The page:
Emily Flake is a cartoonist, writer, illustrator, and performer living in Brooklyn. She is a frequent contributor to the New Yorker, and the author of a book of essays and cartoons about parenting called Mama Tried.
Update 2019-11: Emily Flake is a guest judge in the Macaron Prize 2020.
Cagibi: Hilaire Belloc, the early twentieth century Anglo-French writer and historian, wrote, “We wander for distraction, but we travel for fulfillment.” Do you agree? Why or why not?
Emily Flake: I don’t particularly draw a distinction between distraction and fulfillment—I think one can lead to (or bleed into) the other easily. I’ll admit to rolling my eyes a little at these kind of pronouncements—Belloc’s BFF G. K. Chesterton was given to these as well, and it’s my least favorite thing about his writing—it’s one of those kinds of statements that sounds deep when you first hear it, but, to my mind at least, kind of dissipates upon inspection. If he wrote these words today, I can all too easily imagine him putting them up on Facebook set against a picture of a sunset or some shit and being disappointed with the number of likes it got. At any rate, as far as Belloc quotes go, I’m partial to “Wherever the Catholic sun does shine, there’s always laughter and good red wine.” That I have found to be true.
Cagibi: Name some of your favorite distractions when you travel somewhere.
Flake: Anything I can put in my food hole. Including liquor. I like to drink and talk, two activities I usually conflate into “making friends.”
Cagibi: A cagibi, loosely interpreted, is a space such as a cubbyhole, or a space where you store things. Or the workspace in which authors write. For ourselves we’ve translated it as “any shelter, no matter how tiny, that allows for big imaginings to take shape.” Pick what kind of cagibi would be best suited for your creative process: a) a super organized cubbyhole b) a super messy tool shed c) any restricted space d) a space as vast as the universe.
Flake: I am a horrific slob, so anyplace given to be would immediately become disgusting. But I tend to like little spaces, with a variety of sitting options—I’d like a treehouse with a window seat and a hammock and unlimited coffee, please.
Cagibi: Please explain your choice in previous question—we are dying to understand your creative process.
Flake: Coffee makes my brain work, or at least gets it closer; I prefer to feel sort of cozily contained while I work but do enjoy being able to look out. A cocoon with a view, so to speak. But my process, such as it is, really involves a lot of staring into space and trying to wrestle myself into a position where I have to focus, so maybe a better work situation would be if I were in, like, traction for a week or so.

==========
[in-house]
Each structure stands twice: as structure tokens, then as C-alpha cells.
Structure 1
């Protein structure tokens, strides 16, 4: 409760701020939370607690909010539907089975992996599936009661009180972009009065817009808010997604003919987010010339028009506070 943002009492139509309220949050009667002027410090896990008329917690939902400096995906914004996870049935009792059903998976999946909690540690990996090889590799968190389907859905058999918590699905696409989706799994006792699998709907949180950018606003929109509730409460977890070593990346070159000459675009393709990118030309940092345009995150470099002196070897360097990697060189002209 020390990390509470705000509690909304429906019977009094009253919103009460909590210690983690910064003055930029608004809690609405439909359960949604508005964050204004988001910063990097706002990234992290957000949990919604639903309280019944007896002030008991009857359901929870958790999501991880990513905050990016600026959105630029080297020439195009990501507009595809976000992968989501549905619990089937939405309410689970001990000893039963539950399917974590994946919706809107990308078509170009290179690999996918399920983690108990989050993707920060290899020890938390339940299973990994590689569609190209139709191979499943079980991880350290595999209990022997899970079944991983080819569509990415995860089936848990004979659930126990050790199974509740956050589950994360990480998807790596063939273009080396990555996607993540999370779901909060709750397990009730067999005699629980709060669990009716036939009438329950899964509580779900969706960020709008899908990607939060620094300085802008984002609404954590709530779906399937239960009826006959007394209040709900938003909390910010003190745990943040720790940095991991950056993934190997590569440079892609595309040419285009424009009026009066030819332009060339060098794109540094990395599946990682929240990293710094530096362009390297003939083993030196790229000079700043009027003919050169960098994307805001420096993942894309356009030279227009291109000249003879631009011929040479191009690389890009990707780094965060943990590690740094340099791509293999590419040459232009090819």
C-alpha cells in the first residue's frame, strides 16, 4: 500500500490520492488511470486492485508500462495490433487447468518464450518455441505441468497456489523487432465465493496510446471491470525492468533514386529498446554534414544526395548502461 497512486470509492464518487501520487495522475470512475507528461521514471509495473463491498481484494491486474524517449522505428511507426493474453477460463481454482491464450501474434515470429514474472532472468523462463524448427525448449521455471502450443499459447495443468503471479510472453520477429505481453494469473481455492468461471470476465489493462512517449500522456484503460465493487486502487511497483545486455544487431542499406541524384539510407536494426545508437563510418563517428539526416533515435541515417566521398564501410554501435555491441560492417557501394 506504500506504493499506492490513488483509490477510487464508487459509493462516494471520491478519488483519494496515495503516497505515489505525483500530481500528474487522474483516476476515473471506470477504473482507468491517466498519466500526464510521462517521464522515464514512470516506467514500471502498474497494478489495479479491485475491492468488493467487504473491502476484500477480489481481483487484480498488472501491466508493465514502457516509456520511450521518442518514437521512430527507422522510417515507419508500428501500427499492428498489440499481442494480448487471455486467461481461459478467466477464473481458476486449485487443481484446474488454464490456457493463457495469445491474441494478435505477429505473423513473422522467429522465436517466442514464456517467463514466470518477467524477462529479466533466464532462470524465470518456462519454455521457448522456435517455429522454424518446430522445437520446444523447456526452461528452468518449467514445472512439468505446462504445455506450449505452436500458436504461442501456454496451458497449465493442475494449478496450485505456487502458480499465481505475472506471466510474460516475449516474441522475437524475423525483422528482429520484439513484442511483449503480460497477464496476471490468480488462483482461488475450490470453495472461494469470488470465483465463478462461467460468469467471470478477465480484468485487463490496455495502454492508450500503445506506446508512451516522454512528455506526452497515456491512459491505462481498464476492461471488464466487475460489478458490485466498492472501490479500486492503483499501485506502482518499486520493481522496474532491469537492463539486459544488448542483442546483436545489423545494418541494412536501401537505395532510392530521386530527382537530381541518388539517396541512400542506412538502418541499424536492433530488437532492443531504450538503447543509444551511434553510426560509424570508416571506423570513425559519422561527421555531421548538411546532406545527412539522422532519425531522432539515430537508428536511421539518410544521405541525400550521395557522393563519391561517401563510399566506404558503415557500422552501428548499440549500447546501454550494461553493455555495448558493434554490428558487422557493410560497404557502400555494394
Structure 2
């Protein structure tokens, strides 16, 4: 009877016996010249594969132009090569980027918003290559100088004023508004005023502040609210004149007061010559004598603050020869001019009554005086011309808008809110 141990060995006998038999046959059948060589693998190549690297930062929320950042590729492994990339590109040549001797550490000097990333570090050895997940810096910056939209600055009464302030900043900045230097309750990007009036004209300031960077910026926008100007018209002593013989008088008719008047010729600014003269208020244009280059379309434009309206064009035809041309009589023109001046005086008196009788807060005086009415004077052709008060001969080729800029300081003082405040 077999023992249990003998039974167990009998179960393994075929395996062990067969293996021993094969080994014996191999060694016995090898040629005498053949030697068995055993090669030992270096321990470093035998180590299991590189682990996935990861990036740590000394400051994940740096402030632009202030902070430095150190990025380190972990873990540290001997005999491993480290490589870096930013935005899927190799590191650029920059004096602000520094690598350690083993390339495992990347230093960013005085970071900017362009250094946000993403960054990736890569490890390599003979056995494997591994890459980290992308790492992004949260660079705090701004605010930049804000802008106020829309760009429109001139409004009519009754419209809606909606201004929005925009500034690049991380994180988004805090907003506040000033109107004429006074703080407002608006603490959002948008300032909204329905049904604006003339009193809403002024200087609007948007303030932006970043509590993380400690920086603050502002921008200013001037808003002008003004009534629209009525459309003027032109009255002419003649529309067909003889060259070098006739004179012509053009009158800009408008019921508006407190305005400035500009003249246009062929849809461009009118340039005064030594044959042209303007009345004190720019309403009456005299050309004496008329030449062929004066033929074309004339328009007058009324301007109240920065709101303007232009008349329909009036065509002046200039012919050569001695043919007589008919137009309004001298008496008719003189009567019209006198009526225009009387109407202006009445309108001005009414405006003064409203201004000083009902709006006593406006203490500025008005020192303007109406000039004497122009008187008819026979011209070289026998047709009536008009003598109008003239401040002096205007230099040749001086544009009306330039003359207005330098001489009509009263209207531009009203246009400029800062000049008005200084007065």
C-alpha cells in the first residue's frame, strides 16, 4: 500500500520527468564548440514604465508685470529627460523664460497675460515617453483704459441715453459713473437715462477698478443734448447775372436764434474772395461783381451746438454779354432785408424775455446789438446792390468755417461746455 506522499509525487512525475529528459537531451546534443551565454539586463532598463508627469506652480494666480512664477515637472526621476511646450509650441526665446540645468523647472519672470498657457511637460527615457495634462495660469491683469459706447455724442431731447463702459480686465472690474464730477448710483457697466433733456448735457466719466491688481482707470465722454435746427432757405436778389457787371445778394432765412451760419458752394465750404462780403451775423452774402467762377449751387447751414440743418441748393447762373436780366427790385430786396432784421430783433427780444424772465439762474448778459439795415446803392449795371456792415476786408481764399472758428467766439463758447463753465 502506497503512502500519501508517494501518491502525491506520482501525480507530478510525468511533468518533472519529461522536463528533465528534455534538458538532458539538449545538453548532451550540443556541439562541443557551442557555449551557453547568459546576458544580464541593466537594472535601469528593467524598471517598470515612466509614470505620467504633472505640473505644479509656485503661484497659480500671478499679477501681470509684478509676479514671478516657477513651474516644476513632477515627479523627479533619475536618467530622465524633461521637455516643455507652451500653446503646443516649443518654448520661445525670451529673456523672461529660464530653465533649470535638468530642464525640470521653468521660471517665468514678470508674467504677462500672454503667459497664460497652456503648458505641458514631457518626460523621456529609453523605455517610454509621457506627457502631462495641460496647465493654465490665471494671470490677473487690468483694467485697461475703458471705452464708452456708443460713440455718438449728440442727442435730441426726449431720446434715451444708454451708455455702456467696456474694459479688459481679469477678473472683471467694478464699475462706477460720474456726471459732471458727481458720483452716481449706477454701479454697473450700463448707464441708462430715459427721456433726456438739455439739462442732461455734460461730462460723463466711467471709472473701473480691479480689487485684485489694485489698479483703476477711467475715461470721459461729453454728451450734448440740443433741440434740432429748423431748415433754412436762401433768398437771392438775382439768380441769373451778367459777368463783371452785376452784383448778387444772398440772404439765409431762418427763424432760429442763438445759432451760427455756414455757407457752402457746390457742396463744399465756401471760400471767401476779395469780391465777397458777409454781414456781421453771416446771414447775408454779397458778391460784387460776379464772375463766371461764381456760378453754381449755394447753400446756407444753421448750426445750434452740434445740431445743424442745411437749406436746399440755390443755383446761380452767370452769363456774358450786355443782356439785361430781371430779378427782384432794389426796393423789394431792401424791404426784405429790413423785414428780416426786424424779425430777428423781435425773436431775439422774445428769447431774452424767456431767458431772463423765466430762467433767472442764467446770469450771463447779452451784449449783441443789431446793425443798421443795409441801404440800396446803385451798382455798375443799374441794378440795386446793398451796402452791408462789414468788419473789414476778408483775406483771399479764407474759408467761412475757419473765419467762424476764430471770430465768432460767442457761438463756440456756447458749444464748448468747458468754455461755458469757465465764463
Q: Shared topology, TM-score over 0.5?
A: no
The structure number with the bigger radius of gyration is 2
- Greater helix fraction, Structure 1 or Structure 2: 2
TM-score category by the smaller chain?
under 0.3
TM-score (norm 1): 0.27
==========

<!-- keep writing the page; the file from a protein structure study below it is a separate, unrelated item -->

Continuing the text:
Cagibi: How does traveling to a new place influence your writing? In what ways do you incorporate travel experiences into your writing?
Flake: On the one hand, there’re the external things—the people I meet, things I see, food I eat, etc., that leave an impression and constitute an experience about which one might theoretically write, but if we’re being honest, I’d say I’m probably more apt to write about or from the internal changes that come with being in a new place—especially if I don’t speak the language and thus have to spend a lot of time in my own stupid head with my dumb thoughts and personality, which, ugh.
Cagibi: Do you use your work as an excuse to travel?
Flake: You bet I do!
Cagibi: Do you use travel as an excuse to not work?
Cagibi: Did you ever have to hide in order to write? Where, and how long did you stay in there?
Flake: I like to hole up in a coffee place sometimes; it’s helpful to get out of the house and away from potential distractions like chores (though considering I have a smartphone, distractions live in my pocket at all times). I have a young child, so I can’t take myself away for too long. When she’s older I might, but I also miss my family when I’m not around them. I basically always pine for whatever it is I’m not doing in a given moment—feeing guilty for not working if I’m doing family stuff or anything that’s not work; missing my kid and feeling sad that I’m not more present when I’m working; feeling like I’m not really taking a place in if I work while traveling, feeling lazy if I’m traveling and not working. I’m never quite anywhere! It’s like magic, except terrible!
About Emily Flake’s Mama Tried
Emily Flake’s book of essays and cartoons, Mama Tried, was published by Grand Central Publishing in 2015. From the publisher:
For most people, having a child doesn’t go exactly as planned. Not many are willing to admit that not only did they dislike the early days of parenting, they sometimes hated it. Mama Tried is a relatable collection of cartoons and essays pertaining to the good, bad, and (very) ugly parenting experiences we all face. Subjects range from “are you ready for children?” to “baby gear class-warfare.” With incredible honesty, Flake tackles everything from morning sickness to sleep training, shedding much needed light on the gnarly realities of breastfeeding, child proofing, mommy groups, and every unrealistic expectation in between. Mama Tried will be an indispensable companion for sleepless parents and a fond reminder for those already out of the woods.